“Sedentary Mood Study”

Study Diary "Sedentary Mood Study"

The following article begins a "Sedentary Behavior Studies" series, in which we'll detail the study process from conception through to results. We'll focus on the link between sedentary behavior and mood. But first, we need to address an important point.

Why research sedentary behavior?

"Whoever sits longer dies younger" and "Sitting is the new smoking". These headlines come from recent behavioral and health related studies. Due to such conclusions sedentary behavior demands the attention of researchers, and the general public looks on with interest. As the understanding of sedentary behavior and it's consequences develops, further research appears illustrating its adverse effects on cardiovascular health, metabolic and muscular parameters, and it's dire risk for overall physical health (Owen et al., 2010, p.3).

Despite these findings, there's little research on the effect of sedentary behavior on psychological health. Preliminary findings indicate a possible connection between the two. As Fuchs et al. suggest (2015. p. 7) "Sitting changes the activity of metabolism and therefore it doesn´t seem absurd, that this can also influence the psychological processes." If the link between sedentary behaviour and adverse psychological health exists, understanding it would prove valuable in the fight against psychosomatic diseases.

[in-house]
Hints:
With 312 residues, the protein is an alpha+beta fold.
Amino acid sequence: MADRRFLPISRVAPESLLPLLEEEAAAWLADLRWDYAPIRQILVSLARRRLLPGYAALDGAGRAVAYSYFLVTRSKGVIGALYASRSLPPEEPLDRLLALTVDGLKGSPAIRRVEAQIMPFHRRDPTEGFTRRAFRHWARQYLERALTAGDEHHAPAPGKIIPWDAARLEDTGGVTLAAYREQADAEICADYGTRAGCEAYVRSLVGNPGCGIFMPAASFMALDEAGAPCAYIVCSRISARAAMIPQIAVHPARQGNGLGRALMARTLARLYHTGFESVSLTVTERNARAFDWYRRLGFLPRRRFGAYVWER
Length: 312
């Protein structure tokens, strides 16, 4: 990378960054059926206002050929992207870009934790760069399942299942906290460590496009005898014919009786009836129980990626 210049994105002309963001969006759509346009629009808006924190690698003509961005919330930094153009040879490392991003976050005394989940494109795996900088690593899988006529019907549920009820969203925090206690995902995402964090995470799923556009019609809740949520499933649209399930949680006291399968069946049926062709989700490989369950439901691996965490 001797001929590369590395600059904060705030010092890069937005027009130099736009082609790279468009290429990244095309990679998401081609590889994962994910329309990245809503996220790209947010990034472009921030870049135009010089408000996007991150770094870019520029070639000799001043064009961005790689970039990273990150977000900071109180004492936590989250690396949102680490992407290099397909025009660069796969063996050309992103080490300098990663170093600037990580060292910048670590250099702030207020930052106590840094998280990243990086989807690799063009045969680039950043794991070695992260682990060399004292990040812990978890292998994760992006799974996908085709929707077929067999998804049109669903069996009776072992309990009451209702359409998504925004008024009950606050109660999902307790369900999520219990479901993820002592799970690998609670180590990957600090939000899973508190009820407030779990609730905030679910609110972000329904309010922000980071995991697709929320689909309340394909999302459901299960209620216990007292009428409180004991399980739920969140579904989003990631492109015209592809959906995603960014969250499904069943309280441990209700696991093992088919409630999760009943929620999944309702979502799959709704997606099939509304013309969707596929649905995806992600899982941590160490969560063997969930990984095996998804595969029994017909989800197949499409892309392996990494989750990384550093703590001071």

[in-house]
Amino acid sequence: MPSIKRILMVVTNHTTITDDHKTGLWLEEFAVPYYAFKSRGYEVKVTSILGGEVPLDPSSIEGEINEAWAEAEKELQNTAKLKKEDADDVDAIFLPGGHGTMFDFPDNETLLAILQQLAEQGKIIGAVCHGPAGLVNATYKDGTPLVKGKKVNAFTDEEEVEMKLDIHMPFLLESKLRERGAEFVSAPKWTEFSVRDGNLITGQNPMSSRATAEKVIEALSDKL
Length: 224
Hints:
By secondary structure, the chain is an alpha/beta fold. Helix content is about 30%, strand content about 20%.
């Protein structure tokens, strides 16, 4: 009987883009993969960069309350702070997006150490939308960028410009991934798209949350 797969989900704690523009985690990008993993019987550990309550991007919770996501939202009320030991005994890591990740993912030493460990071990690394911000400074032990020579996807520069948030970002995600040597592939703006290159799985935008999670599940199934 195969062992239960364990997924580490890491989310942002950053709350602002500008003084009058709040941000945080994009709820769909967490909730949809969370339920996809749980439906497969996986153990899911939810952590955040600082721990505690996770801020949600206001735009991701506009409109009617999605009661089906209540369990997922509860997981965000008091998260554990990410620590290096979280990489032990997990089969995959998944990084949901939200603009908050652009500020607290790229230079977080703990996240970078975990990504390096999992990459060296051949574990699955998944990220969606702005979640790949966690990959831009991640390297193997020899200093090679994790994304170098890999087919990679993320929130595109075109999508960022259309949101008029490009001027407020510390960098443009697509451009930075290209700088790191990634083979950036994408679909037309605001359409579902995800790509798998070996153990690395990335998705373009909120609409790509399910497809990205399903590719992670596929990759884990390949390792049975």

"How do we measure sedentary behavior and mood?" ... to be continued in the next articles

movisens at the research conference of the DGKJP

movisens visits Tübingen this week for the 2018 DGKJP research conference. As always, we're looking forward to the presentations and the chance to engage in interesting discussions around the topic of interventions. The conference runs from the 1st to the 2nd of March 2018, and we invite all the participants to stop by our booth over the two days to discuss how we can help them in their research. We'll display our sensors and resources for capturing ambulatory data, and in particular our tools used for intervention studies.